4. The method of claim 1, wherein said media format is MPEG.
5. The method of claim 1, wherein said length is greater than a length required to coincide with a predetermined viewing time.
6. The method of claim 1, further comprising providing a hyper link on a web site, said hyperlink comprising a URL comprising a command to launch the given media client and a mountpoint and wherein said request is generated on selection of said URL by said respective user, said request including said mountpoint.
7. A system for providing a live performance to a plurality of media clients via a data network, the system comprising:
a live stream source providing the continuous live performance as a live stream of digital data; and
a media server device, said media server device acquiring said live stream of digital data from said live stream source, on receiving a request from a given one of the media clients to transmit the live performance and commencing at a current point in said live stream of digital data, repackaging said stream of digital data into a media format compatible with the given media client and transmitting said repackaged digital data to said given media client via the data network wherein said media format comprises a data file identified by the given media client as having a length so that it appears to the given media client that the media format is a non-streaming media format, wherein said length is indicated by one of either omitting a header field indicating length or indicating said length is greater than a length required to coincide with a duration of the live performance.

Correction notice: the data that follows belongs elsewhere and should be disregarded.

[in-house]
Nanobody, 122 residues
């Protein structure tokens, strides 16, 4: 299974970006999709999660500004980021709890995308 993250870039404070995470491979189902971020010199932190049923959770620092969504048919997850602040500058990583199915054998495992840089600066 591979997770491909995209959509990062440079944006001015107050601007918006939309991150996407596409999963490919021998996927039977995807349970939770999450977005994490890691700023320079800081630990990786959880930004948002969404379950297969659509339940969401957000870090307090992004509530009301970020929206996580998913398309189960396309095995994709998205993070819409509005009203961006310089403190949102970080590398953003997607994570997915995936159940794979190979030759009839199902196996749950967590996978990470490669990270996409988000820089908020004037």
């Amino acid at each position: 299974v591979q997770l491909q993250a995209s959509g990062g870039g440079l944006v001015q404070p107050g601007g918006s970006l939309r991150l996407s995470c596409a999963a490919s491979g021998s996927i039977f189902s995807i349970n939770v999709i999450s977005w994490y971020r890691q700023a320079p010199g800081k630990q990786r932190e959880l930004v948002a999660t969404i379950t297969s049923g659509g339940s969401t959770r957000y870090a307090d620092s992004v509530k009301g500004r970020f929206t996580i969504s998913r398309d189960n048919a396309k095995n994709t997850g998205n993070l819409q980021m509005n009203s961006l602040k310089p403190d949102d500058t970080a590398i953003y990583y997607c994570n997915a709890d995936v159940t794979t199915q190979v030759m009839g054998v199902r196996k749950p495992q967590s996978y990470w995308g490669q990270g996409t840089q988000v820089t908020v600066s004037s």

8. The system of claim 7, wherein the data network comprises the Internet and a local area network on which the given media client is located, and further comprising a firewall positioned between the internet and the local area network, said firewall configured to prevent said live stream of digital data from being accessible via the local area network.
9. The system of claim 7, wherein said live stream of digital data is comprised of a substantially continuous stream of data packets and further wherein repackaging said stream of digital data commences with a current data packet selected from said substantially continuous stream of data packets, said current data packet comprising a portion of said live stream of digital data having a time of generation equal to said current point.
10. The system of claim 9, wherein said media server device discards data packets comprising a portion of said live stream having a time of generation older than said current point.
11. The system of claim 7, wherein said media format is MPEG.
12. The system of claim 7, wherein said length is greater than a length required to coincide with a predetermined viewing time.
13. The system of claim 7, further comprising providing a hyper link on a web site, said hyperlink comprising a URL comprising a command to launch said given media client and a mountpoint and wherein said request is generated on selection of said URL by a user of said given media client, said request including said mountpoint.